The BugShop: Project '57, pg 11

This page last modified- 11/3/01

Although slow, work is progressing. On this page we'll learn that "Bondo" is not bad. Body fillers get a bad rap because most novices use them incorrectly. Fillers should only be applied to bare metal and only to a thickness of 1/8" or less. The metal should be roughed up with 36 grit paper and completely free of rust, dirt or liquids of any kind.

Here is the roof of the '57, still in bare metal. To you and me, this roof probably looks "just fine". But close your eyes and slowly drag your flat hand over the surface and you would feel shallow bumps. This car was stored in a barn for many years, and all I can guess is that stuff was dropped and/or stored on it. These imperfections may not be visible here, but paint this roof without addressing them with a high gloss paint, and they would show up like wavy glass.


Here is the filler (the term "Bondo" is not used in body shops) that Tom uses. It is made by Evercoat and is called "Rage". Like Bondo, it is a loose plastic that you apply a creme hardener to. But it sets up very quickly, working time is only about 5-7 minutes. It can be worked down in just 20 minutes. Filler is used in almost every panel repair in Tom's shop. But it is always applied to bare, 36 grit sanded metal, and never more than a thickness of 1/8". 

Here, Tom is "skimming" the roof. The biggest dent is on the upper right corner of the oval window opening, you can see it in the picture on the right. The filler is applied in a very thin, uniform layer. There were a couple dents in the front center area too.

As you can see, a large area of the roof was skimmed to insure a uniform surface. You can see the rear quarter in white primer on the left. 

IT'S PAINTED!!! Well almost. Tom surprised me (3/14/99) when I called him one Monday. I called up his shop "What's up?" "Not much dude, what's up with you?". "Ahh, just wondering when you might be able to work on IT next. Staying late any days this week?"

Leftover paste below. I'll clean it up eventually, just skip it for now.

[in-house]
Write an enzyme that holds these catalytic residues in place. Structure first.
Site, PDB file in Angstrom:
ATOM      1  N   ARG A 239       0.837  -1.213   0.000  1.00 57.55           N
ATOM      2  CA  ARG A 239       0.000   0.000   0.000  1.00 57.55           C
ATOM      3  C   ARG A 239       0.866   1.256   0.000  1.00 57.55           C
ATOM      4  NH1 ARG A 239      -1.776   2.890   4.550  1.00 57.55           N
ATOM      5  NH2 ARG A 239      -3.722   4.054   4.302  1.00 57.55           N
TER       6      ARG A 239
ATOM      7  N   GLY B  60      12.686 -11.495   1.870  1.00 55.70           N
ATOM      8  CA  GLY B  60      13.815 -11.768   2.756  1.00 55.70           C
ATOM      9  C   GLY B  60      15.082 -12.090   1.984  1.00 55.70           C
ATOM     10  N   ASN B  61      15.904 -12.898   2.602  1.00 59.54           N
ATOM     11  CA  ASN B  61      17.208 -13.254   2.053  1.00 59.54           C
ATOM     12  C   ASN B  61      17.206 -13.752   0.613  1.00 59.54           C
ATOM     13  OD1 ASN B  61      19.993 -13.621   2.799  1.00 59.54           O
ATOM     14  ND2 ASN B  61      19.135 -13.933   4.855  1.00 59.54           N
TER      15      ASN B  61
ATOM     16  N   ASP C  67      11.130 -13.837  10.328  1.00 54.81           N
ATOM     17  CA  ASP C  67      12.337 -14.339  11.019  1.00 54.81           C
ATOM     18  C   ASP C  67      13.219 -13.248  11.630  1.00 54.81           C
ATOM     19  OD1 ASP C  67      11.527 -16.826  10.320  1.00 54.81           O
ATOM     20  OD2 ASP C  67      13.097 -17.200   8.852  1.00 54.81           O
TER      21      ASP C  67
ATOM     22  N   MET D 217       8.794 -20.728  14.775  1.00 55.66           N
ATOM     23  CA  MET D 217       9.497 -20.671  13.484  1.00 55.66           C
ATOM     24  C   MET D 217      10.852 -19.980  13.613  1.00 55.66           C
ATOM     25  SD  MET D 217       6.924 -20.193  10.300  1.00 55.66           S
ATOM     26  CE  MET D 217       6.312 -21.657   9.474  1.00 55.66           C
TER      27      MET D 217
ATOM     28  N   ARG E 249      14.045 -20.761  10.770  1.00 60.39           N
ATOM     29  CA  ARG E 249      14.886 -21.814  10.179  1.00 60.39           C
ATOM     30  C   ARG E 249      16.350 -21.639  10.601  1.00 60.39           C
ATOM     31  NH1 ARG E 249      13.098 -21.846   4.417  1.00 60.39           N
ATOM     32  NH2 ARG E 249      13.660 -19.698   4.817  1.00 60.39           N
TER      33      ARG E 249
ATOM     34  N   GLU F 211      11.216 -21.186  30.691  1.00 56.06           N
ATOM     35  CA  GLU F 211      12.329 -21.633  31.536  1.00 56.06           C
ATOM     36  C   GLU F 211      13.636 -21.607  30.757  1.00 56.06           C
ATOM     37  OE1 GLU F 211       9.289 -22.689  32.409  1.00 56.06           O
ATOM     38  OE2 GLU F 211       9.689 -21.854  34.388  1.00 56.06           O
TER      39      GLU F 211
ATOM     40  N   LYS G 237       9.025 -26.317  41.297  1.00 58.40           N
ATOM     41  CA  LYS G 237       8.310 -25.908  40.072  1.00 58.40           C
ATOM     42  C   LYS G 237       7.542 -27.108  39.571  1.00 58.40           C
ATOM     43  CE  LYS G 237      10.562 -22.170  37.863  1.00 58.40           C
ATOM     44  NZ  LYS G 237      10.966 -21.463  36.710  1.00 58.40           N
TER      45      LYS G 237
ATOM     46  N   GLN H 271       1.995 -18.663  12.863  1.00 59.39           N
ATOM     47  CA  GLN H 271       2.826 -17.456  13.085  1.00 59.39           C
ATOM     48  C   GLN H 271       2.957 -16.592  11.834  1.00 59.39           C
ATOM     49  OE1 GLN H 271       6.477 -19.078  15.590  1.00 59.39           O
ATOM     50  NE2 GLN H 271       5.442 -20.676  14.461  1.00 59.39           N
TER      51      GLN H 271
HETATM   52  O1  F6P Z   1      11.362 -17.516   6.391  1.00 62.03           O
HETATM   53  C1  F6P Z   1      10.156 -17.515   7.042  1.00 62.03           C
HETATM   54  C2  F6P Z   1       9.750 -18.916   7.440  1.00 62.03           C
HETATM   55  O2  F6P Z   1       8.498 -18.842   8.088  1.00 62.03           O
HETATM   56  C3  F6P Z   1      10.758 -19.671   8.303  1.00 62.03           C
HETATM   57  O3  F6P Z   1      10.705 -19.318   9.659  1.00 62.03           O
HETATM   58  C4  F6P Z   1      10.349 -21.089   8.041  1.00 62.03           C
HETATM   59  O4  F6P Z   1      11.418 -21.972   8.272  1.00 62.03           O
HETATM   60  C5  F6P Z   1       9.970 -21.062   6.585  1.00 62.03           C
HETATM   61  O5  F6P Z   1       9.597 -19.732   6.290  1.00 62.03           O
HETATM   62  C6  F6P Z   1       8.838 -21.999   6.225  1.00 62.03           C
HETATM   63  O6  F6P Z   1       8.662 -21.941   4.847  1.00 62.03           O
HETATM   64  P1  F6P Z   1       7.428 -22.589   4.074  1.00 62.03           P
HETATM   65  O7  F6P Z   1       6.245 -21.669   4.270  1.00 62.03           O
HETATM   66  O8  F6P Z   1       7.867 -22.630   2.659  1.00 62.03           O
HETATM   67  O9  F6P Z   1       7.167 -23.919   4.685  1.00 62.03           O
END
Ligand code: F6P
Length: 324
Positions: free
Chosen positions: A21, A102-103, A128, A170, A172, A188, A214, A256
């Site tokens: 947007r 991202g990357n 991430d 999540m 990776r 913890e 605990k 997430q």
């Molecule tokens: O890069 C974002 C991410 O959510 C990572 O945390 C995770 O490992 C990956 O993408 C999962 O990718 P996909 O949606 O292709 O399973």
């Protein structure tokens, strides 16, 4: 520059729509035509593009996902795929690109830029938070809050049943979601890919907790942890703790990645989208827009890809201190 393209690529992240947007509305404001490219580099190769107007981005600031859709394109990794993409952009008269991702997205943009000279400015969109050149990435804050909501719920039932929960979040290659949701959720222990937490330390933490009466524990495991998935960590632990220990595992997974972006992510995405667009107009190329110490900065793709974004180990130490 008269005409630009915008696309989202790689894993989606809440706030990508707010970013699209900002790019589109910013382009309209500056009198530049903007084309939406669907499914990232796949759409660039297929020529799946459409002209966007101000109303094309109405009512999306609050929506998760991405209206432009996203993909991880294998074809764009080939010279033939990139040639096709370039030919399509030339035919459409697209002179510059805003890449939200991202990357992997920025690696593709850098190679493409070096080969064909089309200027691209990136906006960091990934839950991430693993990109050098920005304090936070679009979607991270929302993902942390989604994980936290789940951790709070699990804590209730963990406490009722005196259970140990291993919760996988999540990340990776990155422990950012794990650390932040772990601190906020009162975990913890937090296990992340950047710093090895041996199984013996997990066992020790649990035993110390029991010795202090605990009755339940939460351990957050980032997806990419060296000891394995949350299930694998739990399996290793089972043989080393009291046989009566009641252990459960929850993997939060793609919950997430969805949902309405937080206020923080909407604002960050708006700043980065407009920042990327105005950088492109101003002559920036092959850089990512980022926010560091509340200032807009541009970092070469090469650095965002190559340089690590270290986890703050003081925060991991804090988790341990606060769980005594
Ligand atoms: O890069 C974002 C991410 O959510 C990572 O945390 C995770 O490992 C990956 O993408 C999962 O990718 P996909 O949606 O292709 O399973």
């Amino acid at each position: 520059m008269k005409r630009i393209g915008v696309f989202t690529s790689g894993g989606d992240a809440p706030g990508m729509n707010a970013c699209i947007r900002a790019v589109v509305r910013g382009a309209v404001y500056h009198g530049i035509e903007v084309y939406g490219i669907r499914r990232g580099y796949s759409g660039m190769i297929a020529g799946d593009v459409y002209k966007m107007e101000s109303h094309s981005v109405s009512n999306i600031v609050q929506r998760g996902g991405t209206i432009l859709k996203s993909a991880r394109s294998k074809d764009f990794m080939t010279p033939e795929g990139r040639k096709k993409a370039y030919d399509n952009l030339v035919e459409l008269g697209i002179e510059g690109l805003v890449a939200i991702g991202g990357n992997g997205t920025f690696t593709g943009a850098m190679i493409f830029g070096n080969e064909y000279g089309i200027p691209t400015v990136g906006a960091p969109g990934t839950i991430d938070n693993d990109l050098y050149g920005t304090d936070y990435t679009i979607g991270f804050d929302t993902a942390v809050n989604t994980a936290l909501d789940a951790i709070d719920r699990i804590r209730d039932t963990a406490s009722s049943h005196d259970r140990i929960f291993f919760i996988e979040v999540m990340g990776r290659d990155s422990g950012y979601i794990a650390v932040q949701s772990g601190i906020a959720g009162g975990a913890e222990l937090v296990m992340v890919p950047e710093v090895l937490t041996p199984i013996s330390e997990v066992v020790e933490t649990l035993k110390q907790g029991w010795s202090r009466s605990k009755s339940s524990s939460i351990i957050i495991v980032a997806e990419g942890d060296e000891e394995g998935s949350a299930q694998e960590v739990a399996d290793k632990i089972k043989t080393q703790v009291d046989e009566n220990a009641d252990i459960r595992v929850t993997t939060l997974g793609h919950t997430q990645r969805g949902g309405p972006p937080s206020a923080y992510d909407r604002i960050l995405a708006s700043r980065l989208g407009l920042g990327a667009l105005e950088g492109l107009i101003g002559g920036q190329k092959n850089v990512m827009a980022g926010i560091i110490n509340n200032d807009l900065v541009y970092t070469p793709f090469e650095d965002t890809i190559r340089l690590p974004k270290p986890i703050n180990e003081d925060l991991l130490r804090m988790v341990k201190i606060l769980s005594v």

"It's done."

"Yeah sure. Thursday maybe?"

"It's DONE, I finished it Sunday."

"You jambed it!?"

"Yep. And undercoated it and colored the roof"

 Needless to say, I was thrilled and had to drive over to check it out. The exterior panels just have the color coat on them, the trunk area is done with the 2 stage color and clear... 

Of course I called Bill on the way over (he lives 5 mins from Tom's shop) and he had to come out and look at it.

Remember how that right quarter was clipped? Now have a look at the fender well bulge inside the trunk area! A clip can be made undetectable if you want to spend the time.....

You can see how Tom has used just about every vice grip that he owns to clamp (epoxy) that louvered panel in, under the vents under the back window. I tried to take a picture of the area behind the vents but it didn't come out. It is SUPER shiney back there. The area where the clamps are touching the outside panel has to be worked over anyway, in spite of the fact that it is already color coated.

Another shot of the trunk area. If you know where I "have been" rebuilding the nose of this car, you can imagine how gratifying it must be to see it finally done and painted...

This is what you pay a body man for. How he could get this whole roof so smooth and uniform is beyond me (uses a looonnng "sled" sander for one). This roof (and the whole car for that matter) look like "plastic" right out of a mold. This is just the base coat of the color, L412. Tom tells me that it has a lot of "silver" in it. The clear 2nd stage will give it the deep shine.

Here you can see Spies-Hecker's "Stonegaurd" undercoating. The whole underside (bottoms of heater channels included) has been sandblasted, sprayed with "red/brown" corrosion resistant etching primer and then this undercoat.